Below is our Chief Lobbyist Gary Daniels' opponent testimony on House Bill 680. This was delivered to the House State & Local Government Committee on June 3, 2020.

To Chairman Wiggam, Vice Chair Stephens, Ranking Member Kelly, and members of the House State & Local Government Committee, thank you for this opportunity to present opponent testimony on House Bill 680.

House Bill 680 is advertised as creating an alternative plan to potentially be used when public health emergencies threaten the ability of Ohioans to vote. The truth is HB 680 makes it more difficult for your constituents to vote during both public health crises and in non-crisis, standard times.

As you all know, Ohio and the rest of the nation remain in the grips of a pandemic with a) increasing infection and deaths, b) no vaccine, c) wholly inadequate testing, and d) asymptomatic spread. Like pandemics before it, the effects of COVID-19 may rise and fall in waves over many months or years, including November 2020.

None of us know what exactly the future brings with regard to COVID-19 or similar public health emergencies. But, it makes absolute sense to be as prepared as possible. It is what Ohioans expect of their elected officials.

With this year's primary election, we witnessed what happens when election changes made due to COVID-19 suffer botched implementation, some of which would have been avoided or minimized but for the very short window of time created by the legislature between March 17 and April 28.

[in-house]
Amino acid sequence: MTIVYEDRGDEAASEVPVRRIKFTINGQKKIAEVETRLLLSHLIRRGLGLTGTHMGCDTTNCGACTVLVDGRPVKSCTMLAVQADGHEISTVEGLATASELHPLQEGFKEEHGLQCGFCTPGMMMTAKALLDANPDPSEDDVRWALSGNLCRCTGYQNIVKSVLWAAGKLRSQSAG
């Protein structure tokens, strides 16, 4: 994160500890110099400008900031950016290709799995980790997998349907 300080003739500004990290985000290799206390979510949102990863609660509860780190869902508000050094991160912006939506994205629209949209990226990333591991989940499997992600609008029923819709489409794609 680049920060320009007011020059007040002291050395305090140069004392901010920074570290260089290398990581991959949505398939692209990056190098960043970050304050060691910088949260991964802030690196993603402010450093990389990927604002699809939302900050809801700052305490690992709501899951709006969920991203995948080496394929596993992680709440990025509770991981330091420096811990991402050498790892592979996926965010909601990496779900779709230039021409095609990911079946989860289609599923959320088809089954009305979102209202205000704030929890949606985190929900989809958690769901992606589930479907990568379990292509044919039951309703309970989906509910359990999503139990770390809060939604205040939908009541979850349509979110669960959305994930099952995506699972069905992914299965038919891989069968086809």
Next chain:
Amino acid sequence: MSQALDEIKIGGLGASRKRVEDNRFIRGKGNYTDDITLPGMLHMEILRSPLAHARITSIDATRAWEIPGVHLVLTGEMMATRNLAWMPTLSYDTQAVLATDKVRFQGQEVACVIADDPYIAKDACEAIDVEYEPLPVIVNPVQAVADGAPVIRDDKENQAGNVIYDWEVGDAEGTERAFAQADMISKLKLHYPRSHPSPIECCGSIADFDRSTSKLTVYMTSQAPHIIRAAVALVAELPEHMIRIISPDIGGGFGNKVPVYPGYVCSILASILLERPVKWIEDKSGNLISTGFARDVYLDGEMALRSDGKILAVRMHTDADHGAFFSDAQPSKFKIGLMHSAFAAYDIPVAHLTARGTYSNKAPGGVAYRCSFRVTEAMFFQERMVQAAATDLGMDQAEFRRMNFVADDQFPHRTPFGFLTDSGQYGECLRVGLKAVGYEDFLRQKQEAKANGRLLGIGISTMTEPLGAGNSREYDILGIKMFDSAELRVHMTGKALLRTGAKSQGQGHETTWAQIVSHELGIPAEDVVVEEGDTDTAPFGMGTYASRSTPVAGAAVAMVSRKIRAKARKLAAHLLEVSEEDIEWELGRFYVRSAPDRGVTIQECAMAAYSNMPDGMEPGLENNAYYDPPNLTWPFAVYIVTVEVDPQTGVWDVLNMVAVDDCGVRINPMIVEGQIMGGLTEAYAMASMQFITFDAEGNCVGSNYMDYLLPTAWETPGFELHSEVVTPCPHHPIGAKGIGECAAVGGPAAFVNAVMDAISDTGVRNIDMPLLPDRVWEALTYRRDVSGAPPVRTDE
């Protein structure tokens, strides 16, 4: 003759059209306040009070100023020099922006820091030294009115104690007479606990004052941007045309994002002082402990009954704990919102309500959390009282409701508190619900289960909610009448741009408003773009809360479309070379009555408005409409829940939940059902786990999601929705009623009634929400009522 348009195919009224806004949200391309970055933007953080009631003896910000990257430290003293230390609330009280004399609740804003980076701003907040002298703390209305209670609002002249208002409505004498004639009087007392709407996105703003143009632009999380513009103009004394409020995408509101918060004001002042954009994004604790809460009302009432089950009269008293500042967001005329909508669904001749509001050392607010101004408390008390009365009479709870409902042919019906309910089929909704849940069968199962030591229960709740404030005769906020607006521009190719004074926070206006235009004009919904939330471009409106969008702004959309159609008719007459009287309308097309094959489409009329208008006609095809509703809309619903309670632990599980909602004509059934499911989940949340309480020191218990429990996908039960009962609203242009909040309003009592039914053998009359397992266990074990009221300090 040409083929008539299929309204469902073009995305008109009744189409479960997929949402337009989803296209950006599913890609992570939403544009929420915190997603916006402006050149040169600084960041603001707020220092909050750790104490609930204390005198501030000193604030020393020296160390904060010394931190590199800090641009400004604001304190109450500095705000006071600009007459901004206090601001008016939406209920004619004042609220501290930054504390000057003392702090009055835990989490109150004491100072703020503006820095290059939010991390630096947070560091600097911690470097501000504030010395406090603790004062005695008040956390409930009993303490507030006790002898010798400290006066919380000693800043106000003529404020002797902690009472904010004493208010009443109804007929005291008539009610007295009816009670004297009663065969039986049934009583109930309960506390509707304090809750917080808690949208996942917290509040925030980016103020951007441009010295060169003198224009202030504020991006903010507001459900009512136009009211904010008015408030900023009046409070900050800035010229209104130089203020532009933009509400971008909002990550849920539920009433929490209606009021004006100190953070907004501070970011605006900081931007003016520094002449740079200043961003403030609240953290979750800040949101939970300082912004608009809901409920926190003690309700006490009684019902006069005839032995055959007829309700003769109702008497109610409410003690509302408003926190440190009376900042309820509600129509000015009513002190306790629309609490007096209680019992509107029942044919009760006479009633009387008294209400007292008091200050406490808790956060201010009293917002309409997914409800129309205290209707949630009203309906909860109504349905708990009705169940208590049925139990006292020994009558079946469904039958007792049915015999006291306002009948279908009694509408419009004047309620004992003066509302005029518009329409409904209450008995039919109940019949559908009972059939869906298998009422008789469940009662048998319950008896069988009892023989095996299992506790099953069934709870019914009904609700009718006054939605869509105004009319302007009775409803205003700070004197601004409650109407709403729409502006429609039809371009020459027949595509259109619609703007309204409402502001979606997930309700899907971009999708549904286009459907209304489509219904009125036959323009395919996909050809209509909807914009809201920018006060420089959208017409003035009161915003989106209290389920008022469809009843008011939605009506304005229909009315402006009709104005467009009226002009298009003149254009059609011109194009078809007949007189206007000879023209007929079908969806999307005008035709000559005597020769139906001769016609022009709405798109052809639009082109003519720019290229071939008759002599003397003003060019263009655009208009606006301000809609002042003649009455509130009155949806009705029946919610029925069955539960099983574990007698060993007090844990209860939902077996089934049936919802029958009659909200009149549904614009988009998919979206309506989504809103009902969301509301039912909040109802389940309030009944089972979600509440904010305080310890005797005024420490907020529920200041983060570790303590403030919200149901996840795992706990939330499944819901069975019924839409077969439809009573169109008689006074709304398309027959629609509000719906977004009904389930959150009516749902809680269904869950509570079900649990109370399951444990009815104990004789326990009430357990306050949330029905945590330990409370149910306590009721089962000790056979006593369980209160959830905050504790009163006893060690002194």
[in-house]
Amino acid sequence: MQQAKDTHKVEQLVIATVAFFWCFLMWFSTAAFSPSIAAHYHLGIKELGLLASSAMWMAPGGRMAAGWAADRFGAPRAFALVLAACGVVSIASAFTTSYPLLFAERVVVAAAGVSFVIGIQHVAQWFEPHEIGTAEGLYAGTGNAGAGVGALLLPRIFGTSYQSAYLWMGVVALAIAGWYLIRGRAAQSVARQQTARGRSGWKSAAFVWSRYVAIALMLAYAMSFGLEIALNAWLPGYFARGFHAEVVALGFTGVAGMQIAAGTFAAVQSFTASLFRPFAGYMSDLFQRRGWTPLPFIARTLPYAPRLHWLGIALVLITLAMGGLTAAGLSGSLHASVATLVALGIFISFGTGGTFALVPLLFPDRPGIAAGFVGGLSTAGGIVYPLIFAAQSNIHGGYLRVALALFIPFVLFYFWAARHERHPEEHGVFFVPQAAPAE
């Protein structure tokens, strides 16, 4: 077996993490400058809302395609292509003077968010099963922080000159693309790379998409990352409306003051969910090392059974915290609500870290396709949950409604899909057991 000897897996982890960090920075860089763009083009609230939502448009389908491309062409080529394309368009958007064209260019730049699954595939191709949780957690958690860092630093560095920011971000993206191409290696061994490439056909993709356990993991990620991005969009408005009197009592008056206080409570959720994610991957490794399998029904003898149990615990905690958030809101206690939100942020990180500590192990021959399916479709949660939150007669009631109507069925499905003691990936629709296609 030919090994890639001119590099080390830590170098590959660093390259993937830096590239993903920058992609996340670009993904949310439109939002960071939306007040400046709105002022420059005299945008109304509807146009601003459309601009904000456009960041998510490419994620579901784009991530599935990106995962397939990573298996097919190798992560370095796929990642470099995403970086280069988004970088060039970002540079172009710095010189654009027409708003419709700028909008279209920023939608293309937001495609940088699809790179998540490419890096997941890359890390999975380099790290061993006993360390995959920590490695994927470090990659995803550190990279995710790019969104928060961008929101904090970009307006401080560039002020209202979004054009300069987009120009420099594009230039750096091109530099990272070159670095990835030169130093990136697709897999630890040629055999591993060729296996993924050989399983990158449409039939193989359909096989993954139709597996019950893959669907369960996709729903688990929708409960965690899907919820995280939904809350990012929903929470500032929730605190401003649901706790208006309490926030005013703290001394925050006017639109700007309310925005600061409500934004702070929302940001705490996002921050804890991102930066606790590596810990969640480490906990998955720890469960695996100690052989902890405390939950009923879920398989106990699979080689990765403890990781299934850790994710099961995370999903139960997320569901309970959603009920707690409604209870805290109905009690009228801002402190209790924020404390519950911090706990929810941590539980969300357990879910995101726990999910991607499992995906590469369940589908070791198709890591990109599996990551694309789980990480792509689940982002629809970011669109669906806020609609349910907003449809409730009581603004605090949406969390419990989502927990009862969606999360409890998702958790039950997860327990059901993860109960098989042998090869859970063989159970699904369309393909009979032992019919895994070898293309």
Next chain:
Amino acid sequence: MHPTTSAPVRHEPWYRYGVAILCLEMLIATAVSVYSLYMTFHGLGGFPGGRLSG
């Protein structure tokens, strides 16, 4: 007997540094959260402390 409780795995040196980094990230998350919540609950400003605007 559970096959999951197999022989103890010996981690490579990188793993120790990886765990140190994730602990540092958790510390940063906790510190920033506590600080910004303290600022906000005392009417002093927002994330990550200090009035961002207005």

The ACLU of Ohio has numerous concerns about HB 680 but I will use this opportunity to briefly discuss two specific ones:

First, HB 680 shortens by seven days the time for Ohioans to request/receive their absentee ballots in for an election. This applies to all future elections, not just those when the HB 680 alternative plan is put into place. Whether during a crisis or not, this is a horrible idea.

We all saw with this primary how time can be of the essence when elections are impacted by forces outside our control and voters are understandably confused or under-informed. It was discussed during the sponsor hearing for this bill how some Ohioans still believe the primary election will occur on June 2nd.

Second, HB 680 explicitly forbids the Secretary of State from sending unsolicited applications for absentee ballot requests to Ohio voters. Again, this inflexible measure applies to all future elections, not just those when the HB 680 alternative plan is implemented. This makes zero sense if the goal is to facilitate voting. It makes perfect sense if one wants less people to vote rather than more.

The ACLU of Ohio continues to advocate for the State of Ohio to send postage­ paid absentee ballot applications and/or ballots themselves to Ohio voters for all elections. Doing so expands voting and makes moot both the specific concerns we mention with HB 680.

Otherwise and more generally, the alternative plan created by HB 680 and applicable to public health emergencies does not facilitate voting by your constituents. The plan is one-size-fits-all. It is not mindful of how numerous variables present in crisis situations may and will impact different elections in different ways.

Yes, Ohio should have a comprehensive, alternative plan(s) for when elections may be impacted by crisis. This is not that plan for multiple reasons.

The ACLU of Ohio opposes House Bill 680 because we believe it negatively affects the ability of people to vote at precisely the times when flexibility may be needed and when facilitating voting should be the goal. As always, we are available and interested in working with others, including members of this committee and all legislators, to craft effective solutions.

But, the ACLU of Ohio also urges rejection of HB 680 for all these reasons and more.